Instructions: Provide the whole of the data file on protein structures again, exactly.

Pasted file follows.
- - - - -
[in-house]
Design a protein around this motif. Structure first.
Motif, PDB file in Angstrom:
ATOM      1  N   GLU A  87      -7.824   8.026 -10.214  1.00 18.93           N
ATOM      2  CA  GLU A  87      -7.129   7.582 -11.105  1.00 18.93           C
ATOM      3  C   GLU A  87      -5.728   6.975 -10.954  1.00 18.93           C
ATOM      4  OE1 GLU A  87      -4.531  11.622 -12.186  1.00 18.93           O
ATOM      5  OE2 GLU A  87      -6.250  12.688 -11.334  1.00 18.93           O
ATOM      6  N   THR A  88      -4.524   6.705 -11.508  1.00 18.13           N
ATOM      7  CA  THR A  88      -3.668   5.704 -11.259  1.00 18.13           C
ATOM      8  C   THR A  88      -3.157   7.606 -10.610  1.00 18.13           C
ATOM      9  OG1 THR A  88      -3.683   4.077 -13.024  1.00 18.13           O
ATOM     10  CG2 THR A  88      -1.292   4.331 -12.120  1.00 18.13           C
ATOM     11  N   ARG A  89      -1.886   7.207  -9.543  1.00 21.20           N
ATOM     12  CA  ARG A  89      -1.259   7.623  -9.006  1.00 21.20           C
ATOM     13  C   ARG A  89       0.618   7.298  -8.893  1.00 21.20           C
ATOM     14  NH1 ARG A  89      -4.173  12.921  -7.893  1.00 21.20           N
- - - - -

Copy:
[in-house]
Design a protein around this motif. Structure first.
Motif, PDB file in Angstrom:
ATOM      1  N   GLU A  87      -7.824   8.026 -10.214  1.00 18.93           N
ATOM      2  CA  GLU A  87      -7.129   7.582 -11.105  1.00 18.93           C
ATOM      3  C   GLU A  87      -5.728   6.975 -10.954  1.00 18.93           C
ATOM      4  OE1 GLU A  87      -4.531  11.622 -12.186  1.00 18.93           O
ATOM      5  OE2 GLU A  87      -6.250  12.688 -11.334  1.00 18.93           O
ATOM      6  N   THR A  88      -4.524   6.705 -11.508  1.00 18.13           N
ATOM      7  CA  THR A  88      -3.668   5.704 -11.259  1.00 18.13           C
ATOM      8  C   THR A  88      -3.157   7.606 -10.610  1.00 18.13           C
ATOM      9  OG1 THR A  88      -3.683   4.077 -13.024  1.00 18.13           O
ATOM     10  CG2 THR A  88      -1.292   4.331 -12.120  1.00 18.13           C
ATOM     11  N   ARG A  89      -1.886   7.207  -9.543  1.00 21.20           N
ATOM     12  CA  ARG A  89      -1.259   7.623  -9.006  1.00 21.20           C
ATOM     13  C   ARG A  89       0.618   7.298  -8.893  1.00 21.20           C
ATOM     14  NH1 ARG A  89      -4.173  12.921  -7.893  1.00 21.20           N